By GWEN MURANAKA
RAFU ENGLISH EDITOR
Henry Fukuhara, the Nisei watercolorist who painted vibrant landscapes of Manzanar and served as a teacher and mentor to a generation of artists, passed away on Sunday. He was 96.
Fukuhara’s abstract landscape watercolors are represented in the permanent collections of the Los Angeles County Museum of Art, the San Bernardino Museum of Art, and the Japanese American National Museum. He is listed in “Who’s Who in American Art” and is a member of the prestigious National Watercolor Society, as well as an honorary member of Watercolor West.
“I enjoy myself when I paint. I’m in another world, I forget everything,” Henry Fukuhara said at the 2005 Manzanar Paint Out, a watercolor workshop he led every year to the Owens Valley. “If you are a painter, you can move mountains, you can move trees.”
Fukuhara started the Paint Outs in 1998, bringing students and fellow artists back to the desert where he was interned with his family in 1942. The annual Henry Fukuhara Workshop attracts more than 80 painters ranging from amateurs to popular art teachers. All were drawn by their affection for Fukuhara, who would wear a floppy brimmed hat as he energetically painted the dramatic vistas of the Alabama Hills, Mt. Whitney and Manzanar. Paintings from the workshop are exhibited every year and have increased awareness of the Japanese American experience.
“The Manzanar Paint Outs were the beginning of learning about my family background,” said artist Mary Higuchi. “I was relocated to Poston, Arizona with my family in 1942. This period of internment was never a topic of conversation in my family. The only tangible remembrances were beautiful miniature carvings my father had made during that period. Because of those Manzanar Paint Outs, it has recently stimulated conversation with my mother about her experiences.”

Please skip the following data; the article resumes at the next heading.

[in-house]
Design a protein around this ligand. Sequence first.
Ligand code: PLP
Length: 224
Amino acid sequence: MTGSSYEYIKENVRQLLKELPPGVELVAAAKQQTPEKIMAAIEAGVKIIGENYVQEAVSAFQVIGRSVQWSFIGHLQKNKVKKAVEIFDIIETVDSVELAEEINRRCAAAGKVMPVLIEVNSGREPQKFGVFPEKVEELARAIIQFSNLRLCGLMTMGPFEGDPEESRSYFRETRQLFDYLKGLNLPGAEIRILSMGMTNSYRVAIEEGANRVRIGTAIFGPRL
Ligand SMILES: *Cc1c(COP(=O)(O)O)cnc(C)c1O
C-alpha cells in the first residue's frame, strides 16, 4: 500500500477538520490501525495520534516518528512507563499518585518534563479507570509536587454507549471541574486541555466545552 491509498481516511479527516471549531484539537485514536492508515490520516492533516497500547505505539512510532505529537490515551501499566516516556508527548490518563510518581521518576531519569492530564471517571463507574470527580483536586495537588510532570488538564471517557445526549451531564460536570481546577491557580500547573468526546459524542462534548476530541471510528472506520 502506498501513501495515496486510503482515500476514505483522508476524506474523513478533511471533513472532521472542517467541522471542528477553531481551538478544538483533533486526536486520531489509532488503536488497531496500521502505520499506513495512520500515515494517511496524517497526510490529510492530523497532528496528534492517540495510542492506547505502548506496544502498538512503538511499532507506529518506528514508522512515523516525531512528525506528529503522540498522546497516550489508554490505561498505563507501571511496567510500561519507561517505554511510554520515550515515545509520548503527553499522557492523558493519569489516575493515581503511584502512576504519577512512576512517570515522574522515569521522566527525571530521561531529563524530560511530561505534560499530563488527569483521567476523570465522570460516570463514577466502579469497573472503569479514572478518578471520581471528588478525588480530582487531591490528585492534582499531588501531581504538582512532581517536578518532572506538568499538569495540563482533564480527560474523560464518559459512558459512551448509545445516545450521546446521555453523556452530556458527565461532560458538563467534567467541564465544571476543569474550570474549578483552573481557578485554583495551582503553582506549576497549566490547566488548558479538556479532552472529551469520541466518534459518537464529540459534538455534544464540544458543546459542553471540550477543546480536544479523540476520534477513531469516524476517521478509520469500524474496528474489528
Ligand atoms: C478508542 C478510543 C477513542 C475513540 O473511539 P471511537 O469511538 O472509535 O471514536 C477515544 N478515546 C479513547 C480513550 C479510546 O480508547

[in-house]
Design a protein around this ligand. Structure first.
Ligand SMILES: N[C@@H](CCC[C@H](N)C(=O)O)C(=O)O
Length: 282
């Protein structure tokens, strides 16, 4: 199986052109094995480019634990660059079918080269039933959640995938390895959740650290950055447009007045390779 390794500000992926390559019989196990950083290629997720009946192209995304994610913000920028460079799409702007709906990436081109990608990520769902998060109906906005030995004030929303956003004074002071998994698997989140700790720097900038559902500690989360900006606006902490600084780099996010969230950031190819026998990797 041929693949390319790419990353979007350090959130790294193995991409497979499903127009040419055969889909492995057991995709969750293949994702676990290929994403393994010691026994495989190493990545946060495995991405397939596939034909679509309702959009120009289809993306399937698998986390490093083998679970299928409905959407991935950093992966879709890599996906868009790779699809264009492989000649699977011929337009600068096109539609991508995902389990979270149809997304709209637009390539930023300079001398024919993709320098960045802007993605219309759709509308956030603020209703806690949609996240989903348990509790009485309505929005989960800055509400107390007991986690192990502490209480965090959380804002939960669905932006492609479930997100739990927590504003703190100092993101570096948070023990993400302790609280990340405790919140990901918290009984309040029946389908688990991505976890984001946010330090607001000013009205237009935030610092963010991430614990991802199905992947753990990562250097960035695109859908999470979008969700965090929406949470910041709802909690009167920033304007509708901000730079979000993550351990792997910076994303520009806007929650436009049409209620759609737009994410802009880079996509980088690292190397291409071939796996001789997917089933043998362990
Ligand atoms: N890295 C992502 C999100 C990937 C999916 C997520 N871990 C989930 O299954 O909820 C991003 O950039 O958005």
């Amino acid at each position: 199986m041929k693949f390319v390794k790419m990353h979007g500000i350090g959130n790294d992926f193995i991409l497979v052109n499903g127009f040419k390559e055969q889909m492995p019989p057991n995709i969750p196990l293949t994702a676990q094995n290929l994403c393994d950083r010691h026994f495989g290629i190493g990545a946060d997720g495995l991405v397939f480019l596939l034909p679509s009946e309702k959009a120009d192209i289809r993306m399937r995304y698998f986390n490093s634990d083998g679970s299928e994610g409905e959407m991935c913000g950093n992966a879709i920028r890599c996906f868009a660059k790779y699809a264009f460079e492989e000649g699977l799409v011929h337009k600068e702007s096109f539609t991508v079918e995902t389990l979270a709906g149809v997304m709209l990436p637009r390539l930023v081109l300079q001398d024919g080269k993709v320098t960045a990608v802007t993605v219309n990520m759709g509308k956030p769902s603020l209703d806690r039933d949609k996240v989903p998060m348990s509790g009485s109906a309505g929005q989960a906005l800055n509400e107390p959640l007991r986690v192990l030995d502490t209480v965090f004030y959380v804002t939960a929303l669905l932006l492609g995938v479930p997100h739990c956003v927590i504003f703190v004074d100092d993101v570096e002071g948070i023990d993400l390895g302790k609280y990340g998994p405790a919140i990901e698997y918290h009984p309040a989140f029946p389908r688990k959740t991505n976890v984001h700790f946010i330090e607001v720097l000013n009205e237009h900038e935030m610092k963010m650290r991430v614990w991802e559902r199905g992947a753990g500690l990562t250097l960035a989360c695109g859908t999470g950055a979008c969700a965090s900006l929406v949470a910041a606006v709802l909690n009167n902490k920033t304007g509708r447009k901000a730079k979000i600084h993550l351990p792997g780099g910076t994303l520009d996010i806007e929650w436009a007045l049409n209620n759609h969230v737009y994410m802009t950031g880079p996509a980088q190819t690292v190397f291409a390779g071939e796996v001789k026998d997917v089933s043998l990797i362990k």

“Over the years, it is probably fair to note that Henry had every reason to be bitter and cynical but he chose instead to focus on the good he saw in people. I consider myself fortunate to have met a with a wonderful teacher and role model,” said Woody Hansen, a Sacramento artist.
Born in Fruitland, Calif. on April 25, 1913, Fukuhara attended Santa Monica High School and enrolled in Otis Art Institue for a short time, but withdrew to help his family during the Great Depression.
He was 29 when he first came to Manzanar with his wife and child in 1942. Back then he painted in watercolors to “pass the time” behind barbed wire. The artist left Manzanar in the spring of 1943 to pick sugar beets in Shelly, Idaho. Eventually he resettled in Long Island, New York with his family in 1945 where he lived for the next 42 years working in the floral business. Tired of the cold winters, the family moved back to Fukuhara’s hometown Santa Monica in 1987 and he credited trips to the old LACMA in Exposition Park for his love of watercolor. The artist also taught master classes at Emeritus College in Santa Monica.
Even in recent years, when Fukuhara went blind, he continued to paint, with the assistance of friends, who would help him paint at the nursing home in Brea where he lived with his wife, Fuji.
“The topics are from my past—like the ferris wheel—I’ve been there a number of times so I know what it’s like. I can draw the ferris wheel, or going to Manzanar, I can draw Manzanar,” said Fukuhara in 2008.
A memorial service for Fukuhara will be held on Sunday, Feb. 7, at 1 p.m. at First Presbyterian Church of Santa Monica, 1220 Second St., Santa Monica.
The Fukuhara Family requests that in lieu of flowers donations may be made in the name of Henry Kazuo Fukuhara to the Japanese American National Museum, 100 N. Central Ave., Los Angeles, CA 90012, or to the East Los Angeles College Foundation (Fukuhara Endowment) 1301 Avenida Cesar Chavez, Monterey Park, CA 91754.